Wednesday, December 10, 2014

Ascension and Interstellar - is boldness back in style?

A mission launched to save civilization…in 1963? See the trailer for Syfy's bold new miniseries -- Ascension -- due to air on December 15. 

I consulted this show about an Orion-style colony-escape vessel launched toward the stars in 1963. I cannot predict or vouch for the final result, yet. But the concepts are excellent and the vibe is simply exquisite. 

See a writeup here: Ascension: Could Mankind Really Survive 100 Years in Space... plus a video interview where I discuss the science behind the show.  Well, in fact, they seem to have edited a real whiz-bang intro out of my comments on the endeavor. Enjoy!

Ascension debuts in 6 episodes over three nights, starting December 15.

== Going Interstellar ==

We saw INTERSTELLAR in an IMAX theater.  It was worth paying extra! I could concoct a hundred quibbles.  Maybe I will, someday.  But it is simply awful that so many of us nerdy types deny ourselves the pleasure of a vivid flick, by going in with prickly eagerness to carp and nitpick! Do what I do.  Set aside that part of your personality to take notes "for later"... then tell that part to "shut the F#*! up and let me enjoy this!"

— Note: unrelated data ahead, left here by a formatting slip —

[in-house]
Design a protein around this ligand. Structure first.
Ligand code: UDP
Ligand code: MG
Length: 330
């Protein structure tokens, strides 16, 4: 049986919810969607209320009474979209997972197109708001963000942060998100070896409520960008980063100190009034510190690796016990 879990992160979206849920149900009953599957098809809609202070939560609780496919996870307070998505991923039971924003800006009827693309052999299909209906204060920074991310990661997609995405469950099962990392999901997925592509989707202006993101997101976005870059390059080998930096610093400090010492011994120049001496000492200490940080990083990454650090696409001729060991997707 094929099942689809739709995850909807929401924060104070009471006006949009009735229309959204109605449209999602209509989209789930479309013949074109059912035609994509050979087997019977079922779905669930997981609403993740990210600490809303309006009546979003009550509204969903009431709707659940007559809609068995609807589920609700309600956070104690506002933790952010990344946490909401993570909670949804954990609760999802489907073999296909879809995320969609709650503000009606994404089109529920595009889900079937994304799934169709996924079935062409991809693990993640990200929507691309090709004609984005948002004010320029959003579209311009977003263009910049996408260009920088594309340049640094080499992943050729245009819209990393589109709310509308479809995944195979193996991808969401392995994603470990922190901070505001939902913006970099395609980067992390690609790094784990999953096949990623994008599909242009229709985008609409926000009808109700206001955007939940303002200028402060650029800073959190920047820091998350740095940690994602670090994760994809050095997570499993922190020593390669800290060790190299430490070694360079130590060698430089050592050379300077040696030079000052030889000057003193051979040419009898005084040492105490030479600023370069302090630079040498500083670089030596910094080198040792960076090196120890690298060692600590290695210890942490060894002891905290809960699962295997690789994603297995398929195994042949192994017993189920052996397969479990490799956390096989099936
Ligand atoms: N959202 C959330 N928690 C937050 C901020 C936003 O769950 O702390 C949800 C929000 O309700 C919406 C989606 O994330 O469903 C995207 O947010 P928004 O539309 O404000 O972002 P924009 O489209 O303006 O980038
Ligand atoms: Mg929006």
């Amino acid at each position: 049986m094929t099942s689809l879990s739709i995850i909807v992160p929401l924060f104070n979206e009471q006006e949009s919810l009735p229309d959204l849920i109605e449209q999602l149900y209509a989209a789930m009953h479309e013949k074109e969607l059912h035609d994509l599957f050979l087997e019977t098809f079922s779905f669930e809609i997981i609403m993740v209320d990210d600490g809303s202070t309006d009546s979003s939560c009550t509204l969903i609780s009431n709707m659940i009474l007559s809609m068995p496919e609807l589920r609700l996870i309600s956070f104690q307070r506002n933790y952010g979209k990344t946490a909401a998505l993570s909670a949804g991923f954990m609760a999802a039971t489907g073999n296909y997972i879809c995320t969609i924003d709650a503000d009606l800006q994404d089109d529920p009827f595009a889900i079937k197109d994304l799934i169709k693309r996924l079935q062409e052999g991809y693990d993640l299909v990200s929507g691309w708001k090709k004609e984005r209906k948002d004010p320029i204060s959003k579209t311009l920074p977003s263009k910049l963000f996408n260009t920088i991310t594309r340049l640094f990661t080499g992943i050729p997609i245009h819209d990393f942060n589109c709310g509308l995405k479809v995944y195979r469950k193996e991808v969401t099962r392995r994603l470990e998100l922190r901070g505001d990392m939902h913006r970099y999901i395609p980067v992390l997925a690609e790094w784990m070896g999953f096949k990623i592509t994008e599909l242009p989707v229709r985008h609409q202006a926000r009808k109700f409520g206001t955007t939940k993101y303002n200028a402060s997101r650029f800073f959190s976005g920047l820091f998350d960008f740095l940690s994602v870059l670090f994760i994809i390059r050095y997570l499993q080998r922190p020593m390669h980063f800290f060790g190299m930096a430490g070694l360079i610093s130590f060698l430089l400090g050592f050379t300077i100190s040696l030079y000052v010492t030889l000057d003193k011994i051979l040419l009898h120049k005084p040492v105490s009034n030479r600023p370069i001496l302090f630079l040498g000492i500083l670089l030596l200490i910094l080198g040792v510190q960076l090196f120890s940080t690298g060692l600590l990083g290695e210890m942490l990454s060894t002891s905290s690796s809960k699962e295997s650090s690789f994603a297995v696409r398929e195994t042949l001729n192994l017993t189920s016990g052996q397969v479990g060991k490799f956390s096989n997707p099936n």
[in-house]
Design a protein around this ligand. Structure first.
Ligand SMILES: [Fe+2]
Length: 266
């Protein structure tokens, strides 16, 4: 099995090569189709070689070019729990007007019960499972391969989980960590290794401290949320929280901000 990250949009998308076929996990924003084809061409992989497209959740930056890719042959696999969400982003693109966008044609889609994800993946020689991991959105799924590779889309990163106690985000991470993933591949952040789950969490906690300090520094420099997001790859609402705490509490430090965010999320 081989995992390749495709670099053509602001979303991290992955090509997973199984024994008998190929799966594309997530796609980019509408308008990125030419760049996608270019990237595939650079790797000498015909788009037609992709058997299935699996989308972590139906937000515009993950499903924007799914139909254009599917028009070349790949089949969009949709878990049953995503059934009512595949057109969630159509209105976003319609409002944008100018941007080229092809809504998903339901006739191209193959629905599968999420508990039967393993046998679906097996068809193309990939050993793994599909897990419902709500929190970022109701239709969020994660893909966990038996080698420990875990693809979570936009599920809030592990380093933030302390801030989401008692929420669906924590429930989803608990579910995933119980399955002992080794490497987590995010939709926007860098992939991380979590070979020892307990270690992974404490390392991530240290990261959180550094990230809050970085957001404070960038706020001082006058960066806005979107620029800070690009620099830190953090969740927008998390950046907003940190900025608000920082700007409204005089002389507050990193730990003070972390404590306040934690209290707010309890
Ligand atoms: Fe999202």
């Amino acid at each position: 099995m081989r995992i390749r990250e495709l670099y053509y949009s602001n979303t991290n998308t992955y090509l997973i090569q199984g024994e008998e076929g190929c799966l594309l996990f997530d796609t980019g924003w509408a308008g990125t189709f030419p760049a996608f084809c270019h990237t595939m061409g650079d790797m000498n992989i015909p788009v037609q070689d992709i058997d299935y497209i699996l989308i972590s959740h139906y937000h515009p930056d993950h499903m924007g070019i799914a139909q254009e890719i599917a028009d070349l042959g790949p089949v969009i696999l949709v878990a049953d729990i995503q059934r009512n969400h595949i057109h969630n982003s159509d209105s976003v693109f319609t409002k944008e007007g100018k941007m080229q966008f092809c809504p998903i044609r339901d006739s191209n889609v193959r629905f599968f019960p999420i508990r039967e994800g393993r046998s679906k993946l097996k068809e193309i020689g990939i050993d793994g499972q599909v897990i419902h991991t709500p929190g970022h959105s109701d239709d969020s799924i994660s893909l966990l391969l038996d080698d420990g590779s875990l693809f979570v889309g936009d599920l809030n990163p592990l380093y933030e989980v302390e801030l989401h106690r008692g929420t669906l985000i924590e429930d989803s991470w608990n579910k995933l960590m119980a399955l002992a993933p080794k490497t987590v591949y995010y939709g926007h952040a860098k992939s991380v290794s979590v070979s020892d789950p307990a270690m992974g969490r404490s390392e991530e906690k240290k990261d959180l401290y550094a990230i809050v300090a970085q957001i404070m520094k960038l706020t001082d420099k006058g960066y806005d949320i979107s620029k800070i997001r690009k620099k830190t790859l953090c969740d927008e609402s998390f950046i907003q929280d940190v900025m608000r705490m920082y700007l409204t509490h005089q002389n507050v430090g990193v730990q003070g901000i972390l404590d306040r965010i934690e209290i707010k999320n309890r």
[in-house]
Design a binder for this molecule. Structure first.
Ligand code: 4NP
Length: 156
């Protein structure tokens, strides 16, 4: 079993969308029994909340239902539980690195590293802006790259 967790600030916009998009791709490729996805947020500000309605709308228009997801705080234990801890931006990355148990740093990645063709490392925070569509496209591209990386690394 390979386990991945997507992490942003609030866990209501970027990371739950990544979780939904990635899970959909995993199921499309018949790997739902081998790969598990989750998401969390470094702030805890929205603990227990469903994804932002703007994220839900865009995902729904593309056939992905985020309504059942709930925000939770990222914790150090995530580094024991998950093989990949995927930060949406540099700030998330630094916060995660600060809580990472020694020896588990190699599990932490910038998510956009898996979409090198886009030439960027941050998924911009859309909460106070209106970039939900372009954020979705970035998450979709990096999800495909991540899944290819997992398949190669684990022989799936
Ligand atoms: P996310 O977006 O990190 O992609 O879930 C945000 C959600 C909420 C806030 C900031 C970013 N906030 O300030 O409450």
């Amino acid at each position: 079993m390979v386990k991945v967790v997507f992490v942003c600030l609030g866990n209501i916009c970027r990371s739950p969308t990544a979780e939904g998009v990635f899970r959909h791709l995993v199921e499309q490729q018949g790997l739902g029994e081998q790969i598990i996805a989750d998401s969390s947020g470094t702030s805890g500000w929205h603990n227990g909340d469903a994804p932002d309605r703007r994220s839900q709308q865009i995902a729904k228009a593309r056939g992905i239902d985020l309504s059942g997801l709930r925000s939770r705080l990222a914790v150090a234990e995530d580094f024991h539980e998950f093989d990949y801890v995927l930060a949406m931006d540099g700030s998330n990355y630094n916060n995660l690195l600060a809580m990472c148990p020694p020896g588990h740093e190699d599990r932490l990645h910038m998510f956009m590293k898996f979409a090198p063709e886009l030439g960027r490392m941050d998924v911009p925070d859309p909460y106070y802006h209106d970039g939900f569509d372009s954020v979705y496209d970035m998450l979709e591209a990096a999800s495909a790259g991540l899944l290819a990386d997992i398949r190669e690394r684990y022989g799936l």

To receive this gift the way the creator of it intended. The way I might appreciate a late Monet, despite the blurriness caused by his cataracts.

Having done that, I sat back and wallowed in what is simply the best movie I have seen in this century. 

Don't get me wrong... I still have both scientific and storytelling critical faculties. There are serious nits to pick, and I have a list.  Indeed, there are one or two that might be serious enough to ask Mr. Nolan to insert 30 seconds into a director's cut (moral implications).  

But I am determined to wait a bit, to let the initial glow settle....  I am simply way too happy with 4.95 stars. And knowing Mr. Nolan can continue to do whatever he wants to do.